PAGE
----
The best Switch game to date.
Format: Nintendo Switch
Released: April 28, 2017
I regret not spending enough time with Mario Kart 8 when it was a Wii U title, but if getting to experience much of its content for the first time through Mario Kart 8 is to be my penance, I’ve earned myself the best punishment in the world.
Experiencing each track in Mario Kart 8 is a fresh delight, with even Nintendo’s reliance on nostalgia given a shot in the arm due to just how vibrant even the oldest of returning tracks is. This is to say nothing of Mario Kart 8‘s bespoke roadwork, presenting a set of all-new racetracks that make terrific use of varied gimmicks and evolving landscapes.
Mario Kart 8 Deluxe is, as one might expect, a rebranded version of the beloved Wii U release, polished and enhanced for the Nintendo Switch. Such improvements obviously include a visual overhaul with Deluxe taking advantage of the Switch’s ability to understand what high definition means in order to produce a far prettier alternative of an already artistically delightful production.
Under the hood, Nintendo has made a number of crucial tweaks. Various options and exploits have been balanced out and players now get to hold two items at once by default, keeping a second in reserve once they’ve deployed their first shell or dropped their bananas. As a result, double item boxes have made a reappearance too.
By drifting long enough, players can now initiate an Ultra Mini-Turbo, getting an even bigger boost from their turns, while a 200cc engine class has been included for players who love it when the A.I. pummels them with red shell after red shell and generally lets them know how terrible they are at racing games.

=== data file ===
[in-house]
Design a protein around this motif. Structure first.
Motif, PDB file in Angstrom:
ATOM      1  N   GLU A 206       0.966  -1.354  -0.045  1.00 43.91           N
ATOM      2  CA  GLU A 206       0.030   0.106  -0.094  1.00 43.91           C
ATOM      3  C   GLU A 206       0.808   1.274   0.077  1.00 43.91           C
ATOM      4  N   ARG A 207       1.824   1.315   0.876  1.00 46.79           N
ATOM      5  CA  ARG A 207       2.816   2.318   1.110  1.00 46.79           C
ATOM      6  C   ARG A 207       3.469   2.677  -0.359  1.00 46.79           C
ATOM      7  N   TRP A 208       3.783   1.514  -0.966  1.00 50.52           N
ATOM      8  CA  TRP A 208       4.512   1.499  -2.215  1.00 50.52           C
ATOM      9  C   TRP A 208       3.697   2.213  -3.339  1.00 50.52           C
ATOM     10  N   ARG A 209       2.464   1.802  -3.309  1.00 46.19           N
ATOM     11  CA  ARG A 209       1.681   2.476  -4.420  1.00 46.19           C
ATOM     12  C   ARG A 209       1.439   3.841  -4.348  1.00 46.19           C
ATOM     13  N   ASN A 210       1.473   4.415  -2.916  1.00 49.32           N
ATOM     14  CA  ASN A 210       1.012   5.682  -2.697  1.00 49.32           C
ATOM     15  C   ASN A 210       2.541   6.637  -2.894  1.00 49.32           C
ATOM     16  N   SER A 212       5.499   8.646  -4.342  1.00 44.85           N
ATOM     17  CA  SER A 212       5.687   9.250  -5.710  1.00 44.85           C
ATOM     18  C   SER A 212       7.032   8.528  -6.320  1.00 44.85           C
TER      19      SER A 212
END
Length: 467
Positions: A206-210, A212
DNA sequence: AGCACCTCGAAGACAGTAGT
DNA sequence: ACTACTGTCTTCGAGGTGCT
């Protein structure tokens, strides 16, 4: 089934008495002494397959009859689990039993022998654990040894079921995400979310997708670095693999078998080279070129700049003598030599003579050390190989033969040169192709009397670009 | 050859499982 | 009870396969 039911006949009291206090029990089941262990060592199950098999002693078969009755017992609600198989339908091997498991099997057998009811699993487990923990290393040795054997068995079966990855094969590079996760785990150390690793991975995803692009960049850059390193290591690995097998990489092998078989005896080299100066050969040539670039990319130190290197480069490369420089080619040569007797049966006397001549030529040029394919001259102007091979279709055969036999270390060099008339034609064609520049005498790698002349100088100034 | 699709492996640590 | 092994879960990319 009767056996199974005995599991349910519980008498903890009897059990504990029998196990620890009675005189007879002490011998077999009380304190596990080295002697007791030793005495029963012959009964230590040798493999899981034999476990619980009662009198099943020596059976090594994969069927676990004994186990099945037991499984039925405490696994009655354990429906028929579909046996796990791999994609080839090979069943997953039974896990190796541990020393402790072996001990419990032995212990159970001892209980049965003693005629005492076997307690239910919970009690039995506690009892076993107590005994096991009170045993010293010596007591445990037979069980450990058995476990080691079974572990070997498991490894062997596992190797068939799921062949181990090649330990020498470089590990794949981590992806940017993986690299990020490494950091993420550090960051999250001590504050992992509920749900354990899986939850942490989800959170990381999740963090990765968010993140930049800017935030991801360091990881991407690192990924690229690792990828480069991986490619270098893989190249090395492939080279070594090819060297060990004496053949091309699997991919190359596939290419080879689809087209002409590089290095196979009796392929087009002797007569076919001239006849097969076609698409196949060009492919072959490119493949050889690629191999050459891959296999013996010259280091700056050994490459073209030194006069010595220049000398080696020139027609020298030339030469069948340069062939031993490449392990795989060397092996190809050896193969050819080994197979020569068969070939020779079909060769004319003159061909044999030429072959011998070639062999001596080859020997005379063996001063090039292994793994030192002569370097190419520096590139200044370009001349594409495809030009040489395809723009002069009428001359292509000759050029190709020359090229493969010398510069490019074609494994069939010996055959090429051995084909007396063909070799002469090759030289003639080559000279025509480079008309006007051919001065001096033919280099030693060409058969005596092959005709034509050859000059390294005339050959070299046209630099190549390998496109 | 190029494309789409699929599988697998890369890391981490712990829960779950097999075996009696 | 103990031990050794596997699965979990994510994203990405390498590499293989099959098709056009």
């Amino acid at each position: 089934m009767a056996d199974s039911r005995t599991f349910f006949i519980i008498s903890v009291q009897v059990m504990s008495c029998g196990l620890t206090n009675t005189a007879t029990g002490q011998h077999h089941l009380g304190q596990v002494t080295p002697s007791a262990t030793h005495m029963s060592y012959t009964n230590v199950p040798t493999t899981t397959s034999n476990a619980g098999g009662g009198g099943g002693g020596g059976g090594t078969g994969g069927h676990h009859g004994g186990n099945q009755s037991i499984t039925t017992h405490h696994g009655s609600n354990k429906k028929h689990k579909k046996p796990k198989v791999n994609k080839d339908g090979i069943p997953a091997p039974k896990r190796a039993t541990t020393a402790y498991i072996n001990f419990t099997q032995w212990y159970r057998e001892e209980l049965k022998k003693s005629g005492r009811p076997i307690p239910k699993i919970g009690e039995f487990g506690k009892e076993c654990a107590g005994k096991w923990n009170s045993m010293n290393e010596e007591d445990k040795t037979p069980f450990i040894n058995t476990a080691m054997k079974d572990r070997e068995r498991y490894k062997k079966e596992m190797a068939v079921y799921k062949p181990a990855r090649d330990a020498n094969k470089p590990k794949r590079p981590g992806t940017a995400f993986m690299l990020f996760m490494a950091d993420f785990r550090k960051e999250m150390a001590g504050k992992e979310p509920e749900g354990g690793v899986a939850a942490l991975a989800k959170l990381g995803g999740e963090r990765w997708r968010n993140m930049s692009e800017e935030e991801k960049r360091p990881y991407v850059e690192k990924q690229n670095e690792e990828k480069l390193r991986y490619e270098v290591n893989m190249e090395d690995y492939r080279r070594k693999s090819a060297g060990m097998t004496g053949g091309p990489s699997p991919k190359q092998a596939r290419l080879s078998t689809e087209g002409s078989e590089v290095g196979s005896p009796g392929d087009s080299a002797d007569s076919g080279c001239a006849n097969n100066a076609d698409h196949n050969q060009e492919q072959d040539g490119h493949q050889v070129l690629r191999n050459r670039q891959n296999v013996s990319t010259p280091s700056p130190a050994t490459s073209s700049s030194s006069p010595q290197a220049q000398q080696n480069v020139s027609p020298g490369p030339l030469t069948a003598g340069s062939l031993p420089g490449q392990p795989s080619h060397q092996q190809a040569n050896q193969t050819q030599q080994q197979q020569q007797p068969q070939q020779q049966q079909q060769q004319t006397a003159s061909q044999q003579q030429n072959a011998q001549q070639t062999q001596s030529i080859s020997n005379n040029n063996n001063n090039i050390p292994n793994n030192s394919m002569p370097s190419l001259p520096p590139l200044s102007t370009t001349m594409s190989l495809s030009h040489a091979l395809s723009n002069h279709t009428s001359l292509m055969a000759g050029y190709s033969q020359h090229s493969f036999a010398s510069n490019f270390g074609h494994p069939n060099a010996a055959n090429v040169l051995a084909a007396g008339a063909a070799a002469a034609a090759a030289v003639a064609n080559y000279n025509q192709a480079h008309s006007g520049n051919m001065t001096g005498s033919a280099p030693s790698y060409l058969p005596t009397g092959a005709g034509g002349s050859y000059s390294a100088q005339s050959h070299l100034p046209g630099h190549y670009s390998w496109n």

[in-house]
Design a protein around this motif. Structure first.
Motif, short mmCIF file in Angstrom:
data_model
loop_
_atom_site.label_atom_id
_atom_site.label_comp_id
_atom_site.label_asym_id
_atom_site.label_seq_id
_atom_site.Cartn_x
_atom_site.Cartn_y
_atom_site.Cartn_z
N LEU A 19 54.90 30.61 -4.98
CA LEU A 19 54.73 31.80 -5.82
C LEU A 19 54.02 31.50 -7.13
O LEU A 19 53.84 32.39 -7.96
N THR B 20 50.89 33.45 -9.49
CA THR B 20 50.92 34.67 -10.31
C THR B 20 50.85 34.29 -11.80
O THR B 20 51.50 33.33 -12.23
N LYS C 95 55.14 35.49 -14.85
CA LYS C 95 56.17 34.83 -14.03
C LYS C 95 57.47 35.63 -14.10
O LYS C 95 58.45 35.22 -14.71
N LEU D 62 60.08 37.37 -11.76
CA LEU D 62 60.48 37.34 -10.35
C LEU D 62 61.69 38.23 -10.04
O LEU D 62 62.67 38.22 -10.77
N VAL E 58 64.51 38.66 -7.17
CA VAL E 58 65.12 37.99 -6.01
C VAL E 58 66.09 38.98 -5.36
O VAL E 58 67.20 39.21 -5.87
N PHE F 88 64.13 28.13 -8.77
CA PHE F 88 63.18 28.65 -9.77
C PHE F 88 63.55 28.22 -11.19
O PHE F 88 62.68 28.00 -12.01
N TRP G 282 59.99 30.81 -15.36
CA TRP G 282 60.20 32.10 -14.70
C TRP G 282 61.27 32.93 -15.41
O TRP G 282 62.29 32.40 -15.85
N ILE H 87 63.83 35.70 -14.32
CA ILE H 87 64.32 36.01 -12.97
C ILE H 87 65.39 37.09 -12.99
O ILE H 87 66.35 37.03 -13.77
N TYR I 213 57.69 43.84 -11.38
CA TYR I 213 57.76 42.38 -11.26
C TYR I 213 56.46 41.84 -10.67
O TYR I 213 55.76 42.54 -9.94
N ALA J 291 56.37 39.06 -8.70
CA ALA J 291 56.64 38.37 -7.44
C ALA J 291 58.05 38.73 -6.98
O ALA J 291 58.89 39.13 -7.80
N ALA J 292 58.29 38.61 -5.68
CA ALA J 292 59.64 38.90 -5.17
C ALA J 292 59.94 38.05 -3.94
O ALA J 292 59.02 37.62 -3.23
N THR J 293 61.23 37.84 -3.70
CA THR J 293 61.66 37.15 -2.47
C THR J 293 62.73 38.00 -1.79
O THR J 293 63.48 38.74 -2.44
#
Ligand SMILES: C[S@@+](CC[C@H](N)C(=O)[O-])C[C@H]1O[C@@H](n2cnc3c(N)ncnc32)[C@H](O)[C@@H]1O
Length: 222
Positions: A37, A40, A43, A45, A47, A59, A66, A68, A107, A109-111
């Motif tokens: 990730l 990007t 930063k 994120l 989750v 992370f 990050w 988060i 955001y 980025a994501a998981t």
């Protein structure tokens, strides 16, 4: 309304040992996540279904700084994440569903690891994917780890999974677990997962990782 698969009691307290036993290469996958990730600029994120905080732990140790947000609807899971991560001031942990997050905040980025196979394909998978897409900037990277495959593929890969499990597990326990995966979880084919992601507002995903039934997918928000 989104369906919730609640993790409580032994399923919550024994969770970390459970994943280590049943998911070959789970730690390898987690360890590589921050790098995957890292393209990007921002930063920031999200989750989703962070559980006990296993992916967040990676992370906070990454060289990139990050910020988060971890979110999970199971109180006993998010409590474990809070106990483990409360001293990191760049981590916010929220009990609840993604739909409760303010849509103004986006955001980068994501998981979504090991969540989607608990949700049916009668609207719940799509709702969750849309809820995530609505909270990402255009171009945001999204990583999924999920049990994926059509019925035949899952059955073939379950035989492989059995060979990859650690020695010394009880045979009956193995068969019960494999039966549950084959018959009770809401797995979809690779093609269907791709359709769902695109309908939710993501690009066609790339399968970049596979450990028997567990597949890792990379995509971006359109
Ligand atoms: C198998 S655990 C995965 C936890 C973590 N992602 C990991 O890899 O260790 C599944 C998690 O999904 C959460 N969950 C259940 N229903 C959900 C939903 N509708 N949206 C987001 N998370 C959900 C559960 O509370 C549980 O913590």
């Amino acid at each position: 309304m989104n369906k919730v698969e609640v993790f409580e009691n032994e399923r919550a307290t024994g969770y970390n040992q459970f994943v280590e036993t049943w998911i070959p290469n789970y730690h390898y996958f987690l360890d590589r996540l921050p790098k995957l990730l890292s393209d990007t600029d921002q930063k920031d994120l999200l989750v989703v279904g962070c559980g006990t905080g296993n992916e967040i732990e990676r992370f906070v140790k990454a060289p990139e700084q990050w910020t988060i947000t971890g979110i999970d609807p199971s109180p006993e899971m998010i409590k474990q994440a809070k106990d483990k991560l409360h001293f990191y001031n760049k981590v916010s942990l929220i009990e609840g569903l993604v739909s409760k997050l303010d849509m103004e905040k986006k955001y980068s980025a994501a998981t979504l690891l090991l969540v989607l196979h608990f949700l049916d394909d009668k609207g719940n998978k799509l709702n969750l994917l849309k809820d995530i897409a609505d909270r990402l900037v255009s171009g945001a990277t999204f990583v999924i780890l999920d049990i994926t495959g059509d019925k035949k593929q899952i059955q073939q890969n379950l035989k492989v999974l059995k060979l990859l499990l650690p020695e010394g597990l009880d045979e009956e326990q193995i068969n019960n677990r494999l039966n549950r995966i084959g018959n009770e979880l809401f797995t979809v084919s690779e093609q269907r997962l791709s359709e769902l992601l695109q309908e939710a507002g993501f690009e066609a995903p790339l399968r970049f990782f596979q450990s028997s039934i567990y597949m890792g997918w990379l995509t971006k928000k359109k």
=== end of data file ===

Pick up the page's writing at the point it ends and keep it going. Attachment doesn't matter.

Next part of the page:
Most interesting are Smart Steering and Auto-Accelerate, two features included to give less skilled or experienced players a competitive edge. With these features engaged, players are given a little extra guidance to keep their vehicles on the road and don’t have to worry about fiddling with acceleration themselves.
The trade-off is that Smart Steering will force its players on certain tracks which often means they can’t access shortcuts. They’re also ineligible for Ultra Turbo-Boosts, which means that while they can get through even the Rainbowest of Roads with minimal slippage, they’re missing out on tricks available to experts.
It’s a nice way of maintaining balance while keeping newcomers happy. Perhaps the more “hardcore” fans will take umbrage with yet more “dumbing down” but those elitists can, quite frankly, lick a Switch card and shove it up their urethras.
Nintendo’s only mistake with these options is activating them by default. I was initially confused as to why the game occasionally wrested control away from me before I tinkered in the options and discovered Smart Steering accidentally. It’s a great feature, but one that needs more than a quiet implementation.
Battle Mode has been given a significant makeover with five balloons serving as health indicators instead of three as well as the chance to respawn upon defeat – albeit with a halved score. There are five battle modes, each revolving around the general idea of competitive head-to-head fights as opposed to being first across the finish line.
Not the main draw, but an always-welcome place to take a breather from the racetrack, and one that has been given several new battlefields upon which to fight.
Because Nintendo isn’t Activision, Mario Kart 8 Deluxe features all the downloadable content present for Mario Kart 8, allowing players to choose such racers as Link and Isabelle. Six all-new characters have joined the fray, including some old favorites. King Boo and Splatoon‘s Inklings put in an appearance besides Gold Mario and Bowser Jr.